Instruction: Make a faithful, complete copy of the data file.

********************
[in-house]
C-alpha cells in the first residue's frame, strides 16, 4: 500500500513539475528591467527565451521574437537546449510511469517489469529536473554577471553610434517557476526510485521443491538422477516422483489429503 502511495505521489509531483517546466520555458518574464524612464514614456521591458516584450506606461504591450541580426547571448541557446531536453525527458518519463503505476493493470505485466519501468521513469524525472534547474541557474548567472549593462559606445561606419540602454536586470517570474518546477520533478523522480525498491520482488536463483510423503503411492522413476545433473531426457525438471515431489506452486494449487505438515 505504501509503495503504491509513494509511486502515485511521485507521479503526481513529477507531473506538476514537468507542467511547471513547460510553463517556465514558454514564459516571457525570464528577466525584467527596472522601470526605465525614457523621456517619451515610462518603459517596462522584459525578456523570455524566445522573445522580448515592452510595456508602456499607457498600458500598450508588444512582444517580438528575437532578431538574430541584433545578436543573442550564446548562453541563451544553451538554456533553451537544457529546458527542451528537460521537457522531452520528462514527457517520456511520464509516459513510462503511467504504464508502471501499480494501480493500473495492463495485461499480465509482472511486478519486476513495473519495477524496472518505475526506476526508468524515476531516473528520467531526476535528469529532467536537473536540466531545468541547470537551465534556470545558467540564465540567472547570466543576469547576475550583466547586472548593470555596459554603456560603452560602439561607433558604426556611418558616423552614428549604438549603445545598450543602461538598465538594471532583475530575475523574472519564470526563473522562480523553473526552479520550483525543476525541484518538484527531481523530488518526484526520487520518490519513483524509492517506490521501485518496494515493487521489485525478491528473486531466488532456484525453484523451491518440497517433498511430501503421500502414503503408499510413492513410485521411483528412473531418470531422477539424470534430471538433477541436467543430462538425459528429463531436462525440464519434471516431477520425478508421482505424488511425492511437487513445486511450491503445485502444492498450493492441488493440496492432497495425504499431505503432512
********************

[in-house]
C-alpha cells in the first residue's frame, strides 16, 4: 500500500513539475528591467527565451521574437537546449510511469517489469529536473554577471553610434517557476526510485521443491538422477516422483489429503 502511495505521489509531483517546466520555458518574464524612464514614456521591458516584450506606461504591450541580426547571448541557446531536453525527458518519463503505476493493470505485466519501468521513469524525472534547474541557474548567472549593462559606445561606419540602454536586470517570474518546477520533478523522480525498491520482488536463483510423503503411492522413476545433473531426457525438471515431489506452486494449487505438515 505504501509503495503504491509513494509511486502515485511521485507521479503526481513529477507531473506538476514537468507542467511547471513547460510553463517556465514558454514564459516571457525570464528577466525584467527596472522601470526605465525614457523621456517619451515610462518603459517596462522584459525578456523570455524566445522573445522580448515592452510595456508602456499607457498600458500598450508588444512582444517580438528575437532578431538574430541584433545578436543573442550564446548562453541563451544553451538554456533553451537544457529546458527542451528537460521537457522531452520528462514527457517520456511520464509516459513510462503511467504504464508502471501499480494501480493500473495492463495485461499480465509482472511486478519486476513495473519495477524496472518505475526506476526508468524515476531516473528520467531526476535528469529532467536537473536540466531545468541547470537551465534556470545558467540564465540567472547570466543576469547576475550583466547586472548593470555596459554603456560603452560602439561607433558604426556611418558616423552614428549604438549603445545598450543602461538598465538594471532583475530575475523574472519564470526563473522562480523553473526552479520550483525543476525541484518538484527531481523530488518526484526520487520518490519513483524509492517506490521501485518496494515493487521489485525478491528473486531466488532456484525453484523451491518440497517433498511430501503421500502414503503408499510413492513410485521411483528412473531418470531422477539424470534430471538433477541436467543430462538425459528429463531436462525440464519434471516431477520425478508421482505424488511425492511437487513445486511450491503445485502444492498450493492441488493440496492432497495425504499431505503432512